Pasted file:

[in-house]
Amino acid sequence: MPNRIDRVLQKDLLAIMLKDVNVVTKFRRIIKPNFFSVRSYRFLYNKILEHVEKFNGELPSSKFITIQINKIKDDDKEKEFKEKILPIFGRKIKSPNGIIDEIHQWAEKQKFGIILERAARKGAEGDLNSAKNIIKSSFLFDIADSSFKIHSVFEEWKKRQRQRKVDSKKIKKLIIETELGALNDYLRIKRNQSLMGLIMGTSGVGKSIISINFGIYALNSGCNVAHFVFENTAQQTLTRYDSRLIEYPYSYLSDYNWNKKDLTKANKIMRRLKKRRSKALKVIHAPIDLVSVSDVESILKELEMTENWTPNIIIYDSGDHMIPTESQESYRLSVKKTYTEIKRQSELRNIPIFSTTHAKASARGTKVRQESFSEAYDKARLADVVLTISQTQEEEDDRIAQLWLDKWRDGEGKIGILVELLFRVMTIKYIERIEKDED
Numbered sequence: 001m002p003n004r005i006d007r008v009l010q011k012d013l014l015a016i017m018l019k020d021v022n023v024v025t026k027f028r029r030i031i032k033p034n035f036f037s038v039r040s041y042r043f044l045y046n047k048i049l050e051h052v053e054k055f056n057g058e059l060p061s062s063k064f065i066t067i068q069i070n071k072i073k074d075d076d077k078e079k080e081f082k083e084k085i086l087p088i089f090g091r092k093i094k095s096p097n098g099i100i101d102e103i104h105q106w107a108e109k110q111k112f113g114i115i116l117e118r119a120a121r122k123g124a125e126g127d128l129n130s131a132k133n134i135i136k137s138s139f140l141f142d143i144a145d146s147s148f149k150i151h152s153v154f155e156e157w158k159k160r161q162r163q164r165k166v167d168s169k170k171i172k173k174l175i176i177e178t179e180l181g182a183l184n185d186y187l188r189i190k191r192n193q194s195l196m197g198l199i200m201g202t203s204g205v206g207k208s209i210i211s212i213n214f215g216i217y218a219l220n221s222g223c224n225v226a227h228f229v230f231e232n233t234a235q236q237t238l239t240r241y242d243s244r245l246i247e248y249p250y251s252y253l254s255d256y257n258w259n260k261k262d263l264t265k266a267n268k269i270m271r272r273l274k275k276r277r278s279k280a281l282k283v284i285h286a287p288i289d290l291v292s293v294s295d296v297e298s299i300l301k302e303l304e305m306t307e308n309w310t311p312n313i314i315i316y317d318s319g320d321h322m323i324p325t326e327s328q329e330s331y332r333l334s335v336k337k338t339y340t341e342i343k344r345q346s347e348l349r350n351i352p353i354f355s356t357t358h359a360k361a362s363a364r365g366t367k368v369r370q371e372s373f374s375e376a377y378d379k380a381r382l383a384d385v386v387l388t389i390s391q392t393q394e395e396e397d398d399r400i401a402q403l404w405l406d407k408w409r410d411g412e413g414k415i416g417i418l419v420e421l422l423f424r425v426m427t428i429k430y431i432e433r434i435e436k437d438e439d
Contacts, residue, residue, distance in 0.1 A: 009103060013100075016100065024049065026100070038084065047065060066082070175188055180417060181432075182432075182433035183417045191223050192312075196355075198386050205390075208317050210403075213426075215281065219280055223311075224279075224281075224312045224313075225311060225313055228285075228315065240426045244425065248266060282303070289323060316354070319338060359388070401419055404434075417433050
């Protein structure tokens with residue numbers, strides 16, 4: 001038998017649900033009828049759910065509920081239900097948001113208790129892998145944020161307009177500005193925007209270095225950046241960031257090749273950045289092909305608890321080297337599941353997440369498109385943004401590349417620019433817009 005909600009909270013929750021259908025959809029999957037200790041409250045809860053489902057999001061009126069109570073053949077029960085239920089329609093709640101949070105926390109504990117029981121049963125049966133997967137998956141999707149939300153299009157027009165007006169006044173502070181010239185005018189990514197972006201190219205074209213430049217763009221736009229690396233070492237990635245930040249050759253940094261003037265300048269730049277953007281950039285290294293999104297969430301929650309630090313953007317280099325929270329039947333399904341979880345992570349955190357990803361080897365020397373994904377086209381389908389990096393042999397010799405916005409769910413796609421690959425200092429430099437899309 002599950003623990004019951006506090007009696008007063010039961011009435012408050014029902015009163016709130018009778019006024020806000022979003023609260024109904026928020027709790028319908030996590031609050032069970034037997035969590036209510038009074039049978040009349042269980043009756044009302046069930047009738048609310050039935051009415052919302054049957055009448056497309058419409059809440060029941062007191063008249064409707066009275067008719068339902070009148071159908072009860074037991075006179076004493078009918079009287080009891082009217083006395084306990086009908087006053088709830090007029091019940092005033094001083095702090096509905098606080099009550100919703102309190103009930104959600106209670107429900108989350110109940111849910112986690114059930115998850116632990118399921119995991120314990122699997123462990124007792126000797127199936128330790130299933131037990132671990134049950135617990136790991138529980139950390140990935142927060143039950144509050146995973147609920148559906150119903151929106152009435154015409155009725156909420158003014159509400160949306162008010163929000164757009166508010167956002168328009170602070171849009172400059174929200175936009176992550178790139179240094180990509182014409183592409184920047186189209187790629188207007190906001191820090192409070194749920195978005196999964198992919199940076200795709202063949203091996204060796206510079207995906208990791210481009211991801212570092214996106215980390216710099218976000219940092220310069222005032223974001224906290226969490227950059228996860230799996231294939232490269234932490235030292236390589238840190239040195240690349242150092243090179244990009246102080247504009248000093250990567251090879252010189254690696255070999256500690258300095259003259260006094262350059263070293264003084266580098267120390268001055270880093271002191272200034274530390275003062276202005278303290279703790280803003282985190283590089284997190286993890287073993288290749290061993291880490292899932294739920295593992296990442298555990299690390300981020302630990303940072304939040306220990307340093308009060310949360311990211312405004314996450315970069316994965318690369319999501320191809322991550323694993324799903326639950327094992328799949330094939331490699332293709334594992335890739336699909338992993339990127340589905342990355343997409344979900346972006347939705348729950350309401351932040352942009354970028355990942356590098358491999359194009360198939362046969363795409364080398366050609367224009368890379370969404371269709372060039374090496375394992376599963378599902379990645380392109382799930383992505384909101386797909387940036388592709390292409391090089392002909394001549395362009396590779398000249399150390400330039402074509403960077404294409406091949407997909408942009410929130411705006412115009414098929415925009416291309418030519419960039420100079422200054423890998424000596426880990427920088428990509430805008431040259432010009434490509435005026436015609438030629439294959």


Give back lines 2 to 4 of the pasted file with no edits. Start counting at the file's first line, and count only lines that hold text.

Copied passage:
Amino acid sequence: MPNRIDRVLQKDLLAIMLKDVNVVTKFRRIIKPNFFSVRSYRFLYNKILEHVEKFNGELPSSKFITIQINKIKDDDKEKEFKEKILPIFGRKIKSPNGIIDEIHQWAEKQKFGIILERAARKGAEGDLNSAKNIIKSSFLFDIADSSFKIHSVFEEWKKRQRQRKVDSKKIKKLIIETELGALNDYLRIKRNQSLMGLIMGTSGVGKSIISINFGIYALNSGCNVAHFVFENTAQQTLTRYDSRLIEYPYSYLSDYNWNKKDLTKANKIMRRLKKRRSKALKVIHAPIDLVSVSDVESILKELEMTENWTPNIIIYDSGDHMIPTESQESYRLSVKKTYTEIKRQSELRNIPIFSTTHAKASARGTKVRQESFSEAYDKARLADVVLTISQTQEEEDDRIAQLWLDKWRDGEGKIGILVELLFRVMTIKYIERIEKDED
Numbered sequence: 001m002p003n004r005i006d007r008v009l010q011k012d013l014l015a016i017m018l019k020d021v022n023v024v025t026k027f028r029r030i031i032k033p034n035f036f037s038v039r040s041y042r043f044l045y046n047k048i049l050e051h052v053e054k055f056n057g058e059l060p061s062s063k064f065i066t067i068q069i070n071k072i073k074d075d076d077k078e079k080e081f082k083e084k085i086l087p088i089f090g091r092k093i094k095s096p097n098g099i100i101d102e103i104h105q106w107a108e109k110q111k112f113g114i115i116l117e118r119a120a121r122k123g124a125e126g127d128l129n130s131a132k133n134i135i136k137s138s139f140l141f142d143i144a145d146s147s148f149k150i151h152s153v154f155e156e157w158k159k160r161q162r163q164r165k166v167d168s169k170k171i172k173k174l175i176i177e178t179e180l181g182a183l184n185d186y187l188r189i190k191r192n193q194s195l196m197g198l199i200m201g202t203s204g205v206g207k208s209i210i211s212i213n214f215g216i217y218a219l220n221s222g223c224n225v226a227h228f229v230f231e232n233t234a235q236q237t238l239t240r241y242d243s244r245l246i247e248y249p250y251s252y253l254s255d256y257n258w259n260k261k262d263l264t265k266a267n268k269i270m271r272r273l274k275k276r277r278s279k280a281l282k283v284i285h286a287p288i289d290l291v292s293v294s295d296v297e298s299i300l301k302e303l304e305m306t307e308n309w310t311p312n313i314i315i316y317d318s319g320d321h322m323i324p325t326e327s328q329e330s331y332r333l334s335v336k337k338t339y340t341e342i343k344r345q346s347e348l349r350n351i352p353i354f355s356t357t358h359a360k361a362s363a364r365g366t367k368v369r370q371e372s373f374s375e376a377y378d379k380a381r382l383a384d385v386v387l388t389i390s391q392t393q394e395e396e397d398d399r400i401a402q403l404w405l406d407k408w409r410d411g412e413g414k415i416g417i418l419v420e421l422l423f424r425v426m427t428i429k430y431i432e433r434i435e436k437d438e439d
Contacts, residue, residue, distance in 0.1 A: 009103060013100075016100065024049065026100070038084065047065060066082070175188055180417060181432075182432075182433035183417045191223050192312075196355075198386050205390075208317050210403075213426075215281065219280055223311075224279075224281075224312045224313075225311060225313055228285075228315065240426045244425065248266060282303070289323060316354070319338060359388070401419055404434075417433050